Another important change of significant dimension is the stimulation of the renin-angiotensin system. This is governed by the stimulation of neurogenic receptors located within the juxtaglomerular apparatus present in the renal afferent arteriole. These are stimulated by the decreased circulating volume, ACTH, vasopressin, glucagons, and prostaglandins. This process releases renin, which converts angiotensinogen to angiotensin I in the presence of the enzyme angiotensin converting enzyme (ACE), which is further converted into angiotensin II in the lung tissue. Angiotensin is a potent vasoconstrictor, which also increases myocardial contractility and vascular resistance. Angiotensin further stimulates the release of aldosterone from the adrenal cortex, which stimulates salt and water retention from the distal convoluted tubules.

Thus, the duration of hypotension in the early phase, after a major trauma, determines the chances of the development of renal insufficiency, which further depends upon the measures taken to restore the blood volume. However, various risk factors that have been implicated in the development of renal insufficiency following major trauma are pre-existing renal insufficiency, type I diabetes, age more than 65 years and exposure to nephrotoxic agents (contrast dye). [5] Following the early changes of acute trauma, efforts should be made to protect the renal functions, to prevent the development of renal insufficiency.

   Acute Kidney Injury in Polytrauma and Rhabdomyolysis Top

The incidence of acute kidney injury after polytrauma has not been clearly established, but the literary evidence accessed from various retrospective studies indicates figures of 0.5 - 8%. The incidence rises further if these patients undergo any surgical procedure and anesthesia or get admitted into the Intensive Care Unit (ICU). [6],[7],[8] The renal, endocrine, and metabolic functions get severely impaired during the episode of acute kidney injury (AKI), which can result from hypovolemia (hemorrhage), sepsis, nephrotoxic drugs and toxins, radio-contrast dyes, and rhabdomyolysis. However, no single cause can be attributed for such an acute insult, and invariably it is the association with multiple risk factors that predisposes the kidney to bear the systemic insults. [9],[10],[11],[12],[13],[14],[15],[16],[17] The underlying basic pathology in all types of insults, whether polytrauma or rhabdomyolysis, is the decreased renal perfusion, which leads to deranged renal, metabolic, and endocrine functions. [18],[19]

The cellular mechanisms involved in AKI due to rhabdomyolysis in polytrauma patients involve sarcolemmal injury, depletion of ATP in the myocytes, uncontrolled increased calcium influx intracellularly, ischemic reperfusion, and infiltration of neutrophils [20],[21],[22] during recovery of various pathophysiological features, and they can pose to be diagnostic and therapeutic challenges. Hypercalcemia during recovery from AKI, due to polytrauma and rhabdomyolysis, can occur as a result of delayed resolution of secondary hyperparathyroidism. [23] Numerous biomarkers of renal injury are used to estimate the presence and extent of renal injury and failure, and include cystatin, kidney injury molecule, interleukin-18, and Neutrophil Gelatinase Associated Lipocalin (NGAL). [24]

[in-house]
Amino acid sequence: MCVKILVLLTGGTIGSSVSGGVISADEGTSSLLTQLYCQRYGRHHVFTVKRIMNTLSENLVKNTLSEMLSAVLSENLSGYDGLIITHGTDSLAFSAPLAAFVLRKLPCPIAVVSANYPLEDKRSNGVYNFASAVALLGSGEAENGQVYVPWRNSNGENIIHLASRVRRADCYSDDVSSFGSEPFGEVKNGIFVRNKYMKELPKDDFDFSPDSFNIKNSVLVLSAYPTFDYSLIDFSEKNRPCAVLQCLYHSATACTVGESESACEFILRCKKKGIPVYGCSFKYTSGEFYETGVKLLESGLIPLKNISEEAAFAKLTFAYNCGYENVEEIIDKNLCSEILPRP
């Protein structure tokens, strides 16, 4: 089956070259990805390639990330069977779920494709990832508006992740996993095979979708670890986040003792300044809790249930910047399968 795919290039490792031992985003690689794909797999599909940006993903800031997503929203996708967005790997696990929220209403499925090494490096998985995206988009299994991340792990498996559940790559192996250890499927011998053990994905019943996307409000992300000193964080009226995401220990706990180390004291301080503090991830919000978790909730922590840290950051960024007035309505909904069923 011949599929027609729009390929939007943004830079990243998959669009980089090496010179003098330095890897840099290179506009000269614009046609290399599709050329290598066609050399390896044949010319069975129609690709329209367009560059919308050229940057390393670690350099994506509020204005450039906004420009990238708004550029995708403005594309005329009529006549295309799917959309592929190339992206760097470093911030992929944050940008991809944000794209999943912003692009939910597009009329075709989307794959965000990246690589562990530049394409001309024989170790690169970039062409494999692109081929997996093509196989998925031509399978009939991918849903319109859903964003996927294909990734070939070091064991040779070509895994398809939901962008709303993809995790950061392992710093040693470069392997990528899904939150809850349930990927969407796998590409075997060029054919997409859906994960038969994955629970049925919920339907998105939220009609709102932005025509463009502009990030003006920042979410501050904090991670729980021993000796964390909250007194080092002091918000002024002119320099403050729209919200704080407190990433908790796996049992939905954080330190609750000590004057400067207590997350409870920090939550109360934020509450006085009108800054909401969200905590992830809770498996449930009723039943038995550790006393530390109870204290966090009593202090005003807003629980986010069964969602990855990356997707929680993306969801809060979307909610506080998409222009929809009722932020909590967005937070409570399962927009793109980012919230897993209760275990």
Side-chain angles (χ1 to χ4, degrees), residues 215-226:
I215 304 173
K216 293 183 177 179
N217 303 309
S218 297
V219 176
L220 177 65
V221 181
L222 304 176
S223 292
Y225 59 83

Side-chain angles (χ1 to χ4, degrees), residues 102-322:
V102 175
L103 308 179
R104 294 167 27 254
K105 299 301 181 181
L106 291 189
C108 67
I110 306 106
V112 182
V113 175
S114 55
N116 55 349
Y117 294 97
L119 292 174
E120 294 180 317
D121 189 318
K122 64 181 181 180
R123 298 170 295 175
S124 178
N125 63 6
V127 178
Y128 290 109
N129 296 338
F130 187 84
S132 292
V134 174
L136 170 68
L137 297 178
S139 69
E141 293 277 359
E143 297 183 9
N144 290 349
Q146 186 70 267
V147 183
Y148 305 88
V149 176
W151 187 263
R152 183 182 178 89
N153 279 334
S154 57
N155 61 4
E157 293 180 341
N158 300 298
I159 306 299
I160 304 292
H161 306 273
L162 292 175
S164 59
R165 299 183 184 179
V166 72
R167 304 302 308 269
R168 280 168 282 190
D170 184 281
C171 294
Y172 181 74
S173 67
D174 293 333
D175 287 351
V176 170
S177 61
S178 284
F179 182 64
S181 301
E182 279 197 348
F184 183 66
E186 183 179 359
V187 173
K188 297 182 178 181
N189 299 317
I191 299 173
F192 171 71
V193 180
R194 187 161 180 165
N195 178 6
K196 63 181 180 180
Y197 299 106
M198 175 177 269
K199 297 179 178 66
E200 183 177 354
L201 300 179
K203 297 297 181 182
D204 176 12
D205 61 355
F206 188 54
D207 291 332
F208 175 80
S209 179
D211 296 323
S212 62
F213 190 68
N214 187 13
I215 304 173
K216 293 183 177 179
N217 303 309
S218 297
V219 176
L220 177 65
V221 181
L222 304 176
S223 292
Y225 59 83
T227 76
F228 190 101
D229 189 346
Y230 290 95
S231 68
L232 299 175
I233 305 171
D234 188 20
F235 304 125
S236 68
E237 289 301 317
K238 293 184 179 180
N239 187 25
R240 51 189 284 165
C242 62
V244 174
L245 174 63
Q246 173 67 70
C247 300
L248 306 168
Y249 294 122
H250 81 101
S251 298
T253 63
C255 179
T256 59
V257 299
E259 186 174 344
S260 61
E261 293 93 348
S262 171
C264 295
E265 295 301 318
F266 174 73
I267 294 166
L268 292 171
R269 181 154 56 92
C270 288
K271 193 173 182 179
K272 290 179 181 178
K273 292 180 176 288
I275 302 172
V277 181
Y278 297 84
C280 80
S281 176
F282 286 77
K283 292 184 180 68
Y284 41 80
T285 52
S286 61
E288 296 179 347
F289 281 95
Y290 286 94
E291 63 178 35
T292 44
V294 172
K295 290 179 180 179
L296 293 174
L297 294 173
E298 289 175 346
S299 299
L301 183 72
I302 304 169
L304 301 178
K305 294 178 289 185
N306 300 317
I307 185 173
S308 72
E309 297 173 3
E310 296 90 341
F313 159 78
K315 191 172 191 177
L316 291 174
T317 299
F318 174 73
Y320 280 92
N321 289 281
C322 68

The prevention of AKI with forced diuresis, with frusemide and other diuretics, has met with conflicting results, mostly negative, which is evident from various studies carried out on polytrauma patients. Rather diuresis with these pharmacological agents has impaired renal metabolic and endocrine functions, raising the mortality and morbidity. [25],[26],[27]

Various studies have advocated the use of intravascular volume expansion and alkaline diuresis (urine output > 200 ml/hour), which prevents the formation of myoglobin casts in the renal tubules. It has also successfully demonstrated that creatinine kinase > 5000 U/L warrants treatment with a combination of renoprotective strategies, including aggressive hydration, bicarbonate, and mannitol. [28],[29],[30]

Nowadays, another important scenario is encountered, during renal procurement from polytrauma brain-dead patients; utmost care is taken to preserve the hemodynamic stability of the brain-dead patient, and the patient is ideally treated in the ICU. The procedure has to be performed on an urgent basis because any delay in procurement increases the chances of complications and damage to the kidneys and other vital organs. Brain-dead donors are particularly vulnerable to numerous complications such as diabetes insipidus, cardiac arrhythmia, and endocrine dysfunction. Therapeutic strategies for diabetes insipidus and its resultant complications, such as, hypovolemia, hypernatremia, hypokalemia, and hyposmolarity, include pitressin or desmopressin acetate (DDAVP). [31],[32]